“Deciding exactly what constitutes a basic service is open to interpretation, of course. Years ago, it meant having a basic telephone line. In light of the growing importance of broadband to all aspects of Canadians’ lives, I can foresee the day when universal access to broadband will form part of the definition.”

Telecommunications services classified as “basic” by the CRTC can involve price and access regulations. The Telecommunications Act says the CRTC can establish a fund to support services it defines as basic to ensure Canadians have access to it at affordable rates.

Basic service regulation ensuring access and price ceilings currently applies to incumbent home phone services in some markets where there is not enough competition.

In its “obligation to serve” decision in 2011 (2011-291), the CRTC said the deployment of broadband Internet access “should continue to rely on market forces and targeted government funding, an approach which encourages private and public partnerships.” The commission said “it would not be appropriate at this time to establish a funding mechanism to subsidize the deployment of broadband Internet access services.”

In that decision, the CRTC set a target for all Canadians to have access to Internet speeds of 5 Mbps or faster for downloads and 1 Mbps for uploads by 2015.

In February, a CRTC-commissioned report raised the question of whether Internet connectivity is an essential utility, and what that may mean for monthly bandwidth caps or customer disconnections.

“From these complications concerning the rise of cloud computing in a digital culture of bandwidth capping, arise questions about whether internet service providers should be allowed to cut households and small businesses or organizations off from the web because of overuse, or if internet connectivity is an essential utility or service, like water, electricity, or the telephone,” said the report, by Queen’s University professor Sidneyeve Matrix.

Blais said Friday that CRTC requirements for incumbent telecom companies to offer smaller telcos wholesale access to essential services is “vital to competition” in Canada, adding that the commission “refrains from regulating when we are convinced that market forces are sufficient to produce the desired benefits for Canadians.”


CORRECTION: An earlier version of this story incorrectly mixed up the definitions for “basic service” and “essential service.” The two are different regulatory terms, with essential services relating to wholesale and basic services relating to universal access.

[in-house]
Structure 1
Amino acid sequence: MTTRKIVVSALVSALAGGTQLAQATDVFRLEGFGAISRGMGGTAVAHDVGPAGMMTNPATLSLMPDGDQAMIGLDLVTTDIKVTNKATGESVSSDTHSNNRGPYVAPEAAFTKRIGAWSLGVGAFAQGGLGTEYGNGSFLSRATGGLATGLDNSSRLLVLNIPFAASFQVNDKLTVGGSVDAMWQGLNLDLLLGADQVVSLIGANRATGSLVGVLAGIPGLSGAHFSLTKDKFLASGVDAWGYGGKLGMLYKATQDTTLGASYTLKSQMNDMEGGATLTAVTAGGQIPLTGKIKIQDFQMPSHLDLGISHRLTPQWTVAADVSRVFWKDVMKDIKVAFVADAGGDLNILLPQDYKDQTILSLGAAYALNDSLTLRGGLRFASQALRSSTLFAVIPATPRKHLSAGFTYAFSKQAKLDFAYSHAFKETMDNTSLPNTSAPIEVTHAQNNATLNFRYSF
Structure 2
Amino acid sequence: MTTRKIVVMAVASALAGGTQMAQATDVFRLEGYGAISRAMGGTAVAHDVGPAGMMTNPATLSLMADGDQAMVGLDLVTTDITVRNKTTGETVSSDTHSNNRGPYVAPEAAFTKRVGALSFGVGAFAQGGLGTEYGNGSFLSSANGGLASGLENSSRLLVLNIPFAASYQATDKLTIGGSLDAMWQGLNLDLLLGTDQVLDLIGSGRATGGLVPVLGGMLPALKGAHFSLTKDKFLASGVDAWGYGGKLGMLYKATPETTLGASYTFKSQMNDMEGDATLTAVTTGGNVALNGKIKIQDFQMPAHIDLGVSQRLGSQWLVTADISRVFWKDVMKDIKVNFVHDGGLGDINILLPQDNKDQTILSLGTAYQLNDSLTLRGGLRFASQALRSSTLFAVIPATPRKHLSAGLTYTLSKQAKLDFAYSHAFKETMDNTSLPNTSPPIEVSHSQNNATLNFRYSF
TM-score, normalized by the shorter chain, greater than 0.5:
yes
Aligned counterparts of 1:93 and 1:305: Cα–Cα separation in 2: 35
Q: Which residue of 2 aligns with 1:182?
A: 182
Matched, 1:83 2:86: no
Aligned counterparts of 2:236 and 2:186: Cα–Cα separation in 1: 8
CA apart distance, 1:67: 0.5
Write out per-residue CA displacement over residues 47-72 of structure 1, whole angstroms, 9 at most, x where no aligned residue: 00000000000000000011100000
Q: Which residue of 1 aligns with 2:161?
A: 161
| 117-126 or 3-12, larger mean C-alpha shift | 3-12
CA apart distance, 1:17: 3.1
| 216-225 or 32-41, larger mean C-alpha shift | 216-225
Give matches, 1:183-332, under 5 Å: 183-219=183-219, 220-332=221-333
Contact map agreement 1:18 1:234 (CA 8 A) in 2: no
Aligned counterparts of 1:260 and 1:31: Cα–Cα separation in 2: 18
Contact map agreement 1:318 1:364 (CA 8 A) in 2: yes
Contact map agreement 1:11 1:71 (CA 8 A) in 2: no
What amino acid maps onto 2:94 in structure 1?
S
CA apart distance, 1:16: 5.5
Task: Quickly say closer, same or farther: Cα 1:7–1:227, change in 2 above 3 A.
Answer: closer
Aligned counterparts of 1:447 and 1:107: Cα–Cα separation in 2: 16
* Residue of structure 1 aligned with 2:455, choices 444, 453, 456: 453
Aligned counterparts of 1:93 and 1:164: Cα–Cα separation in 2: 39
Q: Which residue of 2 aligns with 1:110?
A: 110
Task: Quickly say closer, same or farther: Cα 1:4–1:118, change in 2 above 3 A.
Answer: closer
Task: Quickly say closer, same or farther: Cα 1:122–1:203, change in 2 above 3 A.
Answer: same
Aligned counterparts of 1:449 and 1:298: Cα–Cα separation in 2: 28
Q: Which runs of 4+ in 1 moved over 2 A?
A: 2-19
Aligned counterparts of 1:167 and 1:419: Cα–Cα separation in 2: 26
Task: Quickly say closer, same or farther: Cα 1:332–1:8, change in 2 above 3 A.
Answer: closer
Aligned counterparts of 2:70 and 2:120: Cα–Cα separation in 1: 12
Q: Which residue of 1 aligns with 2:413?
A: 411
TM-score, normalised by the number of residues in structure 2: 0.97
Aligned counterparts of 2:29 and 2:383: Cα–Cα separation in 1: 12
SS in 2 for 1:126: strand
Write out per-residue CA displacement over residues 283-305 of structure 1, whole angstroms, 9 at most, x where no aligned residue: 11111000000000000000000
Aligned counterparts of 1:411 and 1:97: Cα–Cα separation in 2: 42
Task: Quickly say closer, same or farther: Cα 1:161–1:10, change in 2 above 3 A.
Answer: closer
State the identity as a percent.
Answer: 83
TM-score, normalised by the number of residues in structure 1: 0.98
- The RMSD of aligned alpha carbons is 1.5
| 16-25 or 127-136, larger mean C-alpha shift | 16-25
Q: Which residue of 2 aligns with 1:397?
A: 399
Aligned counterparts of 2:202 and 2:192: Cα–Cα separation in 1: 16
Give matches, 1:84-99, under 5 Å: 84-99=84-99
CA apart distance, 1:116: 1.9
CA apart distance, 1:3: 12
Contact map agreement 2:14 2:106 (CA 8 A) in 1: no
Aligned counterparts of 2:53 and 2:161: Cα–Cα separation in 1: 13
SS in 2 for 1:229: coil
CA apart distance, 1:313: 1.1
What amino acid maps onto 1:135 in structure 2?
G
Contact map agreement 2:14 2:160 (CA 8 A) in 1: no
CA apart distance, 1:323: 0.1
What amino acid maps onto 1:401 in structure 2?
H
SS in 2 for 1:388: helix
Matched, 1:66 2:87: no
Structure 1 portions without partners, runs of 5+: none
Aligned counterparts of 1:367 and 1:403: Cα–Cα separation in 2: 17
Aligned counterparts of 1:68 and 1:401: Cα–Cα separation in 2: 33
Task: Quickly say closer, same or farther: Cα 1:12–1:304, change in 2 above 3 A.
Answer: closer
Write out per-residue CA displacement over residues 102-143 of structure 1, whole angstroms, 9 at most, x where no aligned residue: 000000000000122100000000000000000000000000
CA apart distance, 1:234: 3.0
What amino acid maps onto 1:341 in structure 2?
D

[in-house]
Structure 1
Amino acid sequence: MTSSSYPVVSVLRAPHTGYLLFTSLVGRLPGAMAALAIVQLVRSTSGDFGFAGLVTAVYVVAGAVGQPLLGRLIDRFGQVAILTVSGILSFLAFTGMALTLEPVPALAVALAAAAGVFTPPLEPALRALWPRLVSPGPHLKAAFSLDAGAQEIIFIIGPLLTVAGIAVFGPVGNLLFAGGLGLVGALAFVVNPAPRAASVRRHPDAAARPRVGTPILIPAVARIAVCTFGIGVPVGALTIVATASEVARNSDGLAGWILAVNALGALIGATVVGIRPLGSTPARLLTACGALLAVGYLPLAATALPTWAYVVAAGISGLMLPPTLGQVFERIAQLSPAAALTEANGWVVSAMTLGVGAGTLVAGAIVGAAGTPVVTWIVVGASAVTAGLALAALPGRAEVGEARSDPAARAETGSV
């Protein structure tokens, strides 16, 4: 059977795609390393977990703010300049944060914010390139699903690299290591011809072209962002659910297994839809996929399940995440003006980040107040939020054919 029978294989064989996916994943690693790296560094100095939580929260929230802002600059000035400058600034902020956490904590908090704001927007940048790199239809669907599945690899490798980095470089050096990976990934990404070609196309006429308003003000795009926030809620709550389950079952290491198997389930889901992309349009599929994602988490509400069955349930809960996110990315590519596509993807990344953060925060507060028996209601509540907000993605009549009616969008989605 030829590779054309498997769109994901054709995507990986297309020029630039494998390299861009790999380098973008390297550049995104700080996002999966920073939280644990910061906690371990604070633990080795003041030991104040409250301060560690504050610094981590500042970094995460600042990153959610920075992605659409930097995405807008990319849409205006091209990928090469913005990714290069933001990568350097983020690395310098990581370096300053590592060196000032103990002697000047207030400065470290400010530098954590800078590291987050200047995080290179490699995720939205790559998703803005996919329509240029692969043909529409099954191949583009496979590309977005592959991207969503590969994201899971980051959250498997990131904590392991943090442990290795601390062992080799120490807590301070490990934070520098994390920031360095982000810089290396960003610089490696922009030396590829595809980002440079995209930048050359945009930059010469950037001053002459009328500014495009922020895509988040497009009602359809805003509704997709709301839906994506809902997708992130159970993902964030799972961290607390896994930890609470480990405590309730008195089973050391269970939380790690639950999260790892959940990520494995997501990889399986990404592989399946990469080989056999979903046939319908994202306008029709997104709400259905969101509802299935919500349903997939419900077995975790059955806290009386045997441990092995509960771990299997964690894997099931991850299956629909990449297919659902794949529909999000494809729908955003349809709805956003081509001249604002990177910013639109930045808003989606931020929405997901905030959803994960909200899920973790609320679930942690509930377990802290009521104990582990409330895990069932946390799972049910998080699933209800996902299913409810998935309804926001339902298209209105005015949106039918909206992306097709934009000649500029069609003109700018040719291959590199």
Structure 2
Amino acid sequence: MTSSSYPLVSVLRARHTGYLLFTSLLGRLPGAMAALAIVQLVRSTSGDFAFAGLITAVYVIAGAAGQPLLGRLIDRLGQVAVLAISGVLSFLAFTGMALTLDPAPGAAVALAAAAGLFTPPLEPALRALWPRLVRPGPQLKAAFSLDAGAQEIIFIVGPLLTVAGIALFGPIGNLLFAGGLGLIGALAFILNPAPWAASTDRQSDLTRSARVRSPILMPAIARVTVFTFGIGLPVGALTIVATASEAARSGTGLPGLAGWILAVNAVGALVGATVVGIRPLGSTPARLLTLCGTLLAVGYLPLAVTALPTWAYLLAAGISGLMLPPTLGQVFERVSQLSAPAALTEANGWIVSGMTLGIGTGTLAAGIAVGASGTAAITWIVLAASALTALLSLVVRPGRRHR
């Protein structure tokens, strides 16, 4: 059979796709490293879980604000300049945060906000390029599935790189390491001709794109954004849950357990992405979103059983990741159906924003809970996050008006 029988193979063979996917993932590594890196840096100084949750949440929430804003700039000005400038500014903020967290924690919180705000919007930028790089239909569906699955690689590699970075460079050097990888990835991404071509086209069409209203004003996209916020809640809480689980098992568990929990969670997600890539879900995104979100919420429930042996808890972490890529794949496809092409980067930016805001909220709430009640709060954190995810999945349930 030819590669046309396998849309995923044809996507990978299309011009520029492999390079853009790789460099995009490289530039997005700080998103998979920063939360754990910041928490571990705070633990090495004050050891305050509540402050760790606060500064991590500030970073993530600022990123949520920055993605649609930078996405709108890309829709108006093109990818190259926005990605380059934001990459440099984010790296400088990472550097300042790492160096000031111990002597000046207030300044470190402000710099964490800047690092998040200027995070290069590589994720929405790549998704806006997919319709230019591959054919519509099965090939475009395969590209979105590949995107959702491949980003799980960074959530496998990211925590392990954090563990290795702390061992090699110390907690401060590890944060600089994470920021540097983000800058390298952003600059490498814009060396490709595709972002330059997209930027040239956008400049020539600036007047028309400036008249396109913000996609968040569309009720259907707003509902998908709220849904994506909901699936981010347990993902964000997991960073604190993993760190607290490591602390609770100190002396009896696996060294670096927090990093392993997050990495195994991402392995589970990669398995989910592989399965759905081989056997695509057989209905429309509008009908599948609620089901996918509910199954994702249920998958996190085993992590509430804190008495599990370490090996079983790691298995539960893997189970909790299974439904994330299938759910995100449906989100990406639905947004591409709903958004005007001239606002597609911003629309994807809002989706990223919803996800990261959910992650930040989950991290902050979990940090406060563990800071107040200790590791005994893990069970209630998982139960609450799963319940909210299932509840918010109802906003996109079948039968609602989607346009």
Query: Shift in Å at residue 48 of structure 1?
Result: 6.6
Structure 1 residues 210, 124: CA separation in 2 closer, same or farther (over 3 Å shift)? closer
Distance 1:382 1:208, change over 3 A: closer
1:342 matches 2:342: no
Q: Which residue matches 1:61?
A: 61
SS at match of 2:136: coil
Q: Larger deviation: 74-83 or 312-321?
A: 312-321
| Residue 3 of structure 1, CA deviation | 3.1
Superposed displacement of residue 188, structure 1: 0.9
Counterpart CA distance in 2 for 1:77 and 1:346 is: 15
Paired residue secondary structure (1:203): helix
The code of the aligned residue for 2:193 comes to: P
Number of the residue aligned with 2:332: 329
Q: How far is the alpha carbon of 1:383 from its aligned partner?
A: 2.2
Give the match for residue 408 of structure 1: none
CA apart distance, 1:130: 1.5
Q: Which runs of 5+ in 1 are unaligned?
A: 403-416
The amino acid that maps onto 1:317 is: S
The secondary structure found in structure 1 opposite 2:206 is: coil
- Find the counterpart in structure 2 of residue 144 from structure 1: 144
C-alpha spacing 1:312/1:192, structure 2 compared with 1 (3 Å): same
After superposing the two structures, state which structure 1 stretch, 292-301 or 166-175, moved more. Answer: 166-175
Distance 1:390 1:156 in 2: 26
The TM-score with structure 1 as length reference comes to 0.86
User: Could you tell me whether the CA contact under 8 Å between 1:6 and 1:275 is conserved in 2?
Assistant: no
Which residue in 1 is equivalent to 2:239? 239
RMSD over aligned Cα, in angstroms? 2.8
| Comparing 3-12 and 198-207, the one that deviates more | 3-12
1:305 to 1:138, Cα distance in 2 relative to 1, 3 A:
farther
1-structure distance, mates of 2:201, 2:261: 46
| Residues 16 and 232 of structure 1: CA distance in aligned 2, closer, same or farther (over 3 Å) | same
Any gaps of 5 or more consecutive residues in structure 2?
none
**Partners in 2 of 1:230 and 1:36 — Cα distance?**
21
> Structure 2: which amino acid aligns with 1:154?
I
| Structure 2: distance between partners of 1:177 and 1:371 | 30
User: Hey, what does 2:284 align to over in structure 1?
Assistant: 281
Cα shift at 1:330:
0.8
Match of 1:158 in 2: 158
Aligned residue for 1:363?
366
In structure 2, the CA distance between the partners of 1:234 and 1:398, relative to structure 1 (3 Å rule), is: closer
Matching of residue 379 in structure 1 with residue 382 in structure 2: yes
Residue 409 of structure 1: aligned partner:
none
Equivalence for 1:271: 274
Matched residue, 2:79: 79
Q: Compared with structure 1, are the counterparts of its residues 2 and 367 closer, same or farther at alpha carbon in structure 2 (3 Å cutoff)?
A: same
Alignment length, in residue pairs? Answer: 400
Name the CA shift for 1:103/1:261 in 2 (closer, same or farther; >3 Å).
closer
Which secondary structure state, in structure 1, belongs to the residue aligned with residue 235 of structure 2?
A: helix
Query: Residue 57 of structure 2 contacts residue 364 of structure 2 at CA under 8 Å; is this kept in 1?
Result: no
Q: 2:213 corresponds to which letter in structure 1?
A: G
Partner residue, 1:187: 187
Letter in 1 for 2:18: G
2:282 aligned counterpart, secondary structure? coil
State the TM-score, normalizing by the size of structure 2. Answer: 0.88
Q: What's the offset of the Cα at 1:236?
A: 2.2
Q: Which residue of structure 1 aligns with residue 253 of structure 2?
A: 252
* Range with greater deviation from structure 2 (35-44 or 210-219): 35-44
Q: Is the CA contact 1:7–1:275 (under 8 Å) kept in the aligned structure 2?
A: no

Ideacia ONE Inc. Opens a New Location within the McMaster Innovation Park

Markham, ON – The Ideacia ONE Inc. group, which includes SR&ED ONE, Strategic Marketing ONE, and M&A ONE continues to grow and expand with the addition of a new office situated within the McMaster Innovation Park (MIP) located in Hamilton, ON. The new office will be open July 2012 serving fellow MIP residents, as well as the greater Hamiltonbusiness community.

“We are not only opening a new office to better serve the greater Hamilton area, but more importantly we are excited to become strategic partners with MIP and the Hamilton Economic Development Department, workingtogether to provide innovation driven businesses with valuable support and expertise, to help them innovate, grow and prosper”, explains Jennifer Powers, Principal and Co-Founder of Ideacia ONE.

The MIP (http://www.mcmasterinnovationpark.ca/welcome-new-tenants) is located at 175 Longwood Road South and is revered as a premier research park that boasts an award winning design, 180,000 square-foot, 4-level office, laboratory and conference facility situated on 37 acres in the west end of Hamilton on Hwy 403 less than 2 kilometers from the internationally acclaimed McMaster University. MIP offers collaborative space for researchers and entrepreneurs alike to co-locate, connect and commercialize, a place to transform ideas from vision to commercial opportunity.

“The addition of Ideacia ONE will enable us to provide tenants with access to SR&ED funding support, strategic business planning and marketing support, and fund raising expertise, we see Ideacia ONE as key strategic partners and look forward to working closely with them on new initiatives”, Mark Stewart, Marketing and Leasing Manager, McMaster Innovation Park.

MIP is also home to the Innovation Factory a not-for-profit Regional Innovation Centre, NRC, CANMET-MTL, McMaster University, among many other high profile public and private sector organizations and companies.


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Ideacia ONE Inc. is comprised of a group of specialized boutique consulting firms, including: SR&ED ONE, Strategic Marketing ONE, and M&A ONE; created to provide business innovators with access to expertise in strategic business modeling& planning, marketing strategy & market research, and SR&ED funding. Ideacia ONE serves clients who leverage innovation and technology as their core competitive differentiator, and helps them to identify their next move in the growth of their business, partnering with them throughout the entire innovation process beginning with the conception of the idea through to market commercialization. Ideacia ONE, your partner in innovation, your partner for Your Next Move.


Contact Information:

Danny Ladouceur, CA, Principal & Co-Founder
Jennifer Powers, MBA, GDM, Ec.D., Principal & Co-Founder

3100 Steeles Avenue East, Suite 802
Markham, ON L3R 8T3
416.485.0005 / 1.877.266.0005